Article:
This one had to be the first one. Before I write about anything else I have to tell you that I absolutely love my home. Of course, there are few things I don’t like about it but this is my happy place and if is pretty close to my dream home – will go there eventually, won’t I?

Yeah, that is my home!

Let me start from the apartment hunting game and then we will gradually move to the living culture here.

Finding a house was not a very difficult task for us. We looked for some communities around bae’s workplace, contacted them online, signed the lease and we had accommodation ready even before we landed in the US. But that is Austin. I have my family and friends in the other parts of the country where finding a house is a task – both mentally and financially exhausting!

The very first thing you will notice when you start looking for accommodation is that your vocabulary has suddenly taken a giant leap – only to get confused. Back home, I knew about apartments, studios and villas and penthouse in societies or as independent houses. But I kid you not, there are more than 30 different types of houses here.

Of course, they existed in the dictionary before I knew about them – but you can not use them loosely or just for the sake of using them – like I used to do in India. Maybe I was being naive – or was I?

Let me give you an example.

Single-family houses are the most sought after houses here. They are detached from the entire world but you will find them everywhere. More than 70% of the US lives in single-family houses – they are the pretty one-storeyed houses with a backyard. Didn’t we call them bungalows? No. Bungalows are a smaller set up than single-houses with a front porch. Then there are further sophisticated versions like ranch, mansion, villa and chateau. Well, that is too much information. You think so? Wait.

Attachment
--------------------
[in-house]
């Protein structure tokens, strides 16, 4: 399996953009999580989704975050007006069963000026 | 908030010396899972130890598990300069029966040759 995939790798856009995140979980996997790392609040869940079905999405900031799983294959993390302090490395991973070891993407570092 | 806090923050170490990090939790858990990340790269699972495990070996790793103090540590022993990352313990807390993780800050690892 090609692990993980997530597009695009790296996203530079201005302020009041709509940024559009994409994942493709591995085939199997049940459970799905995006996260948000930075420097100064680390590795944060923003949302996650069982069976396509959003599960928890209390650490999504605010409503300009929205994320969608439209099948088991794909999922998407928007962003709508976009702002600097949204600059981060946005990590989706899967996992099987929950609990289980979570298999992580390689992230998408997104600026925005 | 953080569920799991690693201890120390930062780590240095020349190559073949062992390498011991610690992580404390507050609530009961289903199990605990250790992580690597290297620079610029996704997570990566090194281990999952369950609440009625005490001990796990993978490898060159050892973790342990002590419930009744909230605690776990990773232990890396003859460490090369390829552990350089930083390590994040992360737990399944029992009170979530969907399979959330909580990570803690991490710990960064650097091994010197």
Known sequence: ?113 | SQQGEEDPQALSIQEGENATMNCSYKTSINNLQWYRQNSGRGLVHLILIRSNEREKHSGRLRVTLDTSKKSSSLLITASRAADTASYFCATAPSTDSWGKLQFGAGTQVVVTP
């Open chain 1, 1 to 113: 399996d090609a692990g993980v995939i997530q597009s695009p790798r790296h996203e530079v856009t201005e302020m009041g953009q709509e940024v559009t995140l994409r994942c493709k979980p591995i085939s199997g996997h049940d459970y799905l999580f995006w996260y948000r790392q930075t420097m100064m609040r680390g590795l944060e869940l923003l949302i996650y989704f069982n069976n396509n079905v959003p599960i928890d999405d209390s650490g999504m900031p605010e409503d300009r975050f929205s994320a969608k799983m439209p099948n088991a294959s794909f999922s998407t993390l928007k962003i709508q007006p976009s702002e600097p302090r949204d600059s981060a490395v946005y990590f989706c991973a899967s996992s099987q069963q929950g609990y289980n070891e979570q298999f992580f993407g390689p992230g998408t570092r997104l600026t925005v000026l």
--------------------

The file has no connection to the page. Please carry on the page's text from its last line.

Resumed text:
A condo or condominium is a group of buildings in a single plot of land with different units owned by different people. They are different from apartments where the whole group of building is owned by one single owner. Now, we never had a clear demarcation between the apartments and condo or the flats back home. Then you have a co-op which is same as a condo but there are legal and financial arrangements which are way beyond my understanding. But you can not use them interchangeably. Well, you CAN and also, you are entitled to sound dumb. Then there are townhomes – very similar to the condo but here every owner has a responsibility of maintaining both the exteriors and interiors, which is not the there in condos.

Okay, that is it. I could have just been happy with knowing that I live in an apartment and that, in the future, I might move to a single-family house. But no. You have to know them in order to not sound dumb and be able to talk to your agents and friends.

One good thing you will find here is renter’s insurance. I had a vague idea about it before moving here but it’s the real deal! It mostly protects you again thefts and accidental damages to your personal belonging in the house. Not just that, if you accidentally damage your neighbour’s property – it covers that too! Now, that is very cool and one thing I love about accommodation here.

Okay, so I mentioned about living in an apartment in a community. Now, a community is just like society but it is backed by the Government in terms of loans and everything. Also, societies in India are more about independent living. You can kiss that idea goodbye once you start living in a community.

The leasing office – the front desk of the community – checks everything. And they are pretty strict about the security. Not just that, they take charge of almost everything – your packages, your rents, utility bills, your life. Yeah, so pretty much everything.